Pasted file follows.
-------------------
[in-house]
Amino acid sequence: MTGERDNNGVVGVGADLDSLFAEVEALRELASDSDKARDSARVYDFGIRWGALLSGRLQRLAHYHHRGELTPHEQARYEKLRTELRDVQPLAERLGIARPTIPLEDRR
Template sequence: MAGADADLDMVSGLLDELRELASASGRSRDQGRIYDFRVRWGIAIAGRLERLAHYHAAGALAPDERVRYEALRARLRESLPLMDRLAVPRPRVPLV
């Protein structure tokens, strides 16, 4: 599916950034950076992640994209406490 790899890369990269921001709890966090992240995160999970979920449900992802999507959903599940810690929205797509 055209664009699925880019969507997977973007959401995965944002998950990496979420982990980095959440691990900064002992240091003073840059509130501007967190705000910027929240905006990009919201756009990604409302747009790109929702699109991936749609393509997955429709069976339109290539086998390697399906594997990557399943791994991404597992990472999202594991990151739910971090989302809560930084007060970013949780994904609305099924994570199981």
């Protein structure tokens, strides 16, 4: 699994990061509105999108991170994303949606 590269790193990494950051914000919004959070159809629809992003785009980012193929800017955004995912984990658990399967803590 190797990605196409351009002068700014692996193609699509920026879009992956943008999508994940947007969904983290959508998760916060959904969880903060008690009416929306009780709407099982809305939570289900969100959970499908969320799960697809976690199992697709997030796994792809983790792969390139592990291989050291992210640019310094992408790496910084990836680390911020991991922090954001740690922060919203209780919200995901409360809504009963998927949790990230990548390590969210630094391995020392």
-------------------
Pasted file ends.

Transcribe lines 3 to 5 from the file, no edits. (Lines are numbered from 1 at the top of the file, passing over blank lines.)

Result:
Template sequence: MAGADADLDMVSGLLDELRELASASGRSRDQGRIYDFRVRWGIAIAGRLERLAHYHAAGALAPDERVRYEALRARLRESLPLMDRLAVPRPRVPLV
């Protein structure tokens, strides 16, 4: 599916950034950076992640994209406490 790899890369990269921001709890966090992240995160999970979920449900992802999507959903599940810690929205797509 055209664009699925880019969507997977973007959401995965944002998950990496979420982990980095959440691990900064002992240091003073840059509130501007967190705000910027929240905006990009919201756009990604409302747009790109929702699109991936749609393509997955429709069976339109290539086998390697399906594997990557399943791994991404597992990472999202594991990151739910971090989302809560930084007060970013949780994904609305099924994570199981």
């Protein structure tokens, strides 16, 4: 699994990061509105999108991170994303949606 590269790193990494950051914000919004959070159809629809992003785009980012193929800017955004995912984990658990399967803590 190797990605196409351009002068700014692996193609699509920026879009992956943008999508994940947007969904983290959508998760916060959904969880903060008690009416929306009780709407099982809305939570289900969100959970499908969320799960697809976690199992697709997030796994792809983790792969390139592990291989050291992210640019310094992408790496910084990836680390911020991991922090954001740690922060919203209780919200995901409360809504009963998927949790990230990548390590969210630094391995020392």